Speculative fiction writers often cast non-human characters in their stories. Those aliens, elves, fairies, and pointy-eared Vulcans are among a large number of possible strange creatures. As they write, spec-fic authors must live with their creations for many months and readers must read about them for many hours. Neither group wants to deal with flat, uninteresting, and undeveloped characters since we all know such beings will be “killed off.”
The writers of Star Trek made Spock, the pointy eared alien, a round character with a huge backstory. In fact, he is more famous and detailed than Captain Kirk, his boss. Are you getting the hint? Non-human characters that have dimensions, backstory, and personality are engaging and fun. Here’s the problem: the backstory of a human does not translate well. Aliens may not breath air, they may live for 1,000 years, and they may like to eat humans. Human character sketches are simply not adequate for this class of characters.
Limitations of Alien Character Development
- The greatest limitation for alien characters is that readers are human. Sentient slime mold does not engage their interest, no matter how smart the slime mold might be. Sorry, alien characters must be relatable–they need to evoke emotions, have goals, motivations, and conflicts.
- Simple description of aliens is not enough. In fact, description is the least effective way to develop characters. A green, seven-foot-tall basketball player might enchant a reader, but the description does not instill a personality into the player.
- Round alien characters must have emotions. Star Trek’s Spock denied emotions, which was a writer’s trick since his actions proved his love for his fellow shipmates. One simple rule: emotion should drive most character actions (alien or not).
- At a recent writer’s conference, a presenter was asked how to insert emotion into the sentence: The chicken crossed the road. The answer was that the chicken always feared a fox was following him, so he raced to the yellow center line of a road and paused to look over his shoulder. No fox was after him. He let out a deep breath and hopped with great relief to the other side, where he dodged into the bushes. Emotion!
Extra Dimensions for Non-Human Characters
At a 2023 Colorado Gold Conference workshop, T.H. Leatherman, a speculative fiction author (https://thleatherman.com), encouraged writers to ask questions about the backstory of their alien and fantasy characters. Then based on the answers, writers could have a basis for personality, conflict and emotion. Some of the suggested alien dimensions were: foods they eat, ways of procreation, strength, sensory organs, mannerisms, language, society, government, religion, history, technology, definition of beauty, tools, and weapons.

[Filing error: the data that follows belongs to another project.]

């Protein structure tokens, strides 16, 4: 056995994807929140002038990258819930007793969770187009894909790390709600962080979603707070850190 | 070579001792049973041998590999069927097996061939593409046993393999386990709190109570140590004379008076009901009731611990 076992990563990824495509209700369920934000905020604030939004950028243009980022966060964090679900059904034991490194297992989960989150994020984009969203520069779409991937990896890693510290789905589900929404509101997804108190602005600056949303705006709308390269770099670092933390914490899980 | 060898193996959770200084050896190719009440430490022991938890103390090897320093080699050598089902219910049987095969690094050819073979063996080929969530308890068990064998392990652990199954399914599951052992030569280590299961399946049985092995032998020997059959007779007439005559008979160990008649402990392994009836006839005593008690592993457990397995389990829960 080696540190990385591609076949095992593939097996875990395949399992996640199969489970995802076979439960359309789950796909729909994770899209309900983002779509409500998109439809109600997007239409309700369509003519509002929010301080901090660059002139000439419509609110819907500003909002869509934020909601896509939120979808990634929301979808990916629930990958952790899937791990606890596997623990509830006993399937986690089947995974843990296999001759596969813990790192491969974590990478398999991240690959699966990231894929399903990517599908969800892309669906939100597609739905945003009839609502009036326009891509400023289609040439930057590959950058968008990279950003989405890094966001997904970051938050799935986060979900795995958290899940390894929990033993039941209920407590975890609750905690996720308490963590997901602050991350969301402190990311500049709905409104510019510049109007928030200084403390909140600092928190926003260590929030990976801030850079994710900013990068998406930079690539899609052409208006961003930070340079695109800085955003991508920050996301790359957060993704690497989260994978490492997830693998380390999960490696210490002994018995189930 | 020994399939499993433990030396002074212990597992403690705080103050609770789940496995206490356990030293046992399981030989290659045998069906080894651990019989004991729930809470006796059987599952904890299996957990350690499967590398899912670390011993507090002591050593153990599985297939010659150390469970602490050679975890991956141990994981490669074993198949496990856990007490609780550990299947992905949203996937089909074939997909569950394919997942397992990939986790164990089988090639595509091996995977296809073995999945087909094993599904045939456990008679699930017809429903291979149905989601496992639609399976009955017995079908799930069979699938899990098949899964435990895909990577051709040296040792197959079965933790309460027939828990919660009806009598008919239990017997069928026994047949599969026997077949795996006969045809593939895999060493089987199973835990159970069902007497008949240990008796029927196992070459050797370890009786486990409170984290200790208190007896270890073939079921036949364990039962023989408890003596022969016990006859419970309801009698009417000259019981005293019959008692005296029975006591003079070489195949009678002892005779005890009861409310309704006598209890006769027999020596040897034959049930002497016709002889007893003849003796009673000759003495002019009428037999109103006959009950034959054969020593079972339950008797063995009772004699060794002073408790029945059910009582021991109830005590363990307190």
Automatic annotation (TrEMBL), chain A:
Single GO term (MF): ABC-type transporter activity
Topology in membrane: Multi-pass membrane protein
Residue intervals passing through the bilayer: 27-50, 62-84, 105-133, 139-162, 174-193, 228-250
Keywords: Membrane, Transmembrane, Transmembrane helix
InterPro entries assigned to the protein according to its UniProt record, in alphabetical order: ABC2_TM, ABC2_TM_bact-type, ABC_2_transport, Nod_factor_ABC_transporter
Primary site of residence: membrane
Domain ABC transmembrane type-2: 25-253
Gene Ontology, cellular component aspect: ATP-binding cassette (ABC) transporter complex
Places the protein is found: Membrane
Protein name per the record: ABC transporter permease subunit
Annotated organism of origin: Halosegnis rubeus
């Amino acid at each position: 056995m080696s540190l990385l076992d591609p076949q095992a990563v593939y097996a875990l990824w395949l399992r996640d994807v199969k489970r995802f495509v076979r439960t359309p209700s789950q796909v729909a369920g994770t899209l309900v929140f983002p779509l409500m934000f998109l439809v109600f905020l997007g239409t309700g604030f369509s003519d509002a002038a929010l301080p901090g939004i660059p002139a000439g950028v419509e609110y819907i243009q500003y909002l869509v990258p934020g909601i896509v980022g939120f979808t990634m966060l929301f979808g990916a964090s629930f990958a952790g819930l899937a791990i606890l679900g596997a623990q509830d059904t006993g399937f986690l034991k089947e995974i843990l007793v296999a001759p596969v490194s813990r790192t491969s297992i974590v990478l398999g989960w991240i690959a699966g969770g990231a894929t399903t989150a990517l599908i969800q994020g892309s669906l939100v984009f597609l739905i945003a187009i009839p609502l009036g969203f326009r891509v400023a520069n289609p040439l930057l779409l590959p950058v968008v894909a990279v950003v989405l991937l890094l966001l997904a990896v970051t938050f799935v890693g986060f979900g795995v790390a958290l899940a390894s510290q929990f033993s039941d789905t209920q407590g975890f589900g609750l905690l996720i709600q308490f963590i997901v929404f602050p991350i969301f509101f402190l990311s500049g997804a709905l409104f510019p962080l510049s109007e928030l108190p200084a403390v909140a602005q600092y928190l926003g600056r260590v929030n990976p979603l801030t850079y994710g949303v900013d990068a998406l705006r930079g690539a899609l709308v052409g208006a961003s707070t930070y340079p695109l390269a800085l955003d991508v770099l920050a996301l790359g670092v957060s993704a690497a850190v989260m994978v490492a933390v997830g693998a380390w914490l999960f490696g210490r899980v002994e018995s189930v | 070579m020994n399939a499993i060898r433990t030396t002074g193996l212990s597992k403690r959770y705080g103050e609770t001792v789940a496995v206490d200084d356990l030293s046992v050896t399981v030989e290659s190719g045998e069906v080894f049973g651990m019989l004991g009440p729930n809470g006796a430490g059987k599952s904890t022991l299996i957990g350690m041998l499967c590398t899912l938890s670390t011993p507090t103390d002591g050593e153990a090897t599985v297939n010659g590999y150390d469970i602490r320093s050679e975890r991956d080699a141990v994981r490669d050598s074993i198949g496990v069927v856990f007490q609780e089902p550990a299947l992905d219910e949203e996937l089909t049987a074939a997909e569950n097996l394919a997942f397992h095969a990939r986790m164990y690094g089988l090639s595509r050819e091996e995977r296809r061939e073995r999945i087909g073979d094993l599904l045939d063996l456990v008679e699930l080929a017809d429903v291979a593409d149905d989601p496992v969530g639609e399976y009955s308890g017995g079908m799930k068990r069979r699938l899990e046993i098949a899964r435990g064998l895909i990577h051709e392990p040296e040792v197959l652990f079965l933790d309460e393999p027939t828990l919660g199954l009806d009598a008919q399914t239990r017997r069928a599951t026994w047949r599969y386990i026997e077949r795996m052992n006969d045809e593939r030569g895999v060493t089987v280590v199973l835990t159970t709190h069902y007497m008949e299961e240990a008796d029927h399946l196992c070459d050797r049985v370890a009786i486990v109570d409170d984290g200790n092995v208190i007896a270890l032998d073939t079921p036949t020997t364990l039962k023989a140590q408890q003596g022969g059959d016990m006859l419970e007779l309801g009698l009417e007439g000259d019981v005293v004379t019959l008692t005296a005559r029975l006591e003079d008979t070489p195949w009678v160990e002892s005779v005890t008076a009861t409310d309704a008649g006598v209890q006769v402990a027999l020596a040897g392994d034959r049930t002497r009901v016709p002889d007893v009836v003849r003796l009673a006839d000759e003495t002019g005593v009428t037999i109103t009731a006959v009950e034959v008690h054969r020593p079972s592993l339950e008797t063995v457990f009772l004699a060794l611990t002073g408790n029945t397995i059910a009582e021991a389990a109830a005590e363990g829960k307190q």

The pictured “alien,” Tony, breathes air but lives in water, has sonar, big eyes, is very friendly, often dances on his tail, smiles, is very smart, and loves to eat fish. He was elected president of his pod because of his social skills. He thinks that bald is beautiful. One of his siblings was injured by a man so he is distrustful of human males, but he likes human females. His family arrived from Alpha Centauri many generations ago, and he often visits the family spaceship still parked in deep water near Hawaii. Someday, he wants to see his ancestral home.
Speculative fiction writers can create round alien characters that evoke lots of emotion with attention to attributes that humans may share, or attributes that humans could extrapolate from their own experience. Make you aliens real.
R. C. Beckett was given a collection of Fantasy and Science Fiction Magazines as a teenager and read hundreds of the stories — he was hooked and started writing fiction in 2013. He loves to write hard science fiction, but can’t help adding a bit of humor. Publications: “Exit Mars” and “Exit Earth” (available on Amazon). “Exit Pluto”, the third in the Exit series, should be published in late 2020. He lives in Golden Colorado and is a member of Rocky Mountain Fiction Writers. Walking his dog is key to his writing since that’s when he imagines plots for his stories. He also volunteers as a webmaster for non-profit companies including SpecFicWriters.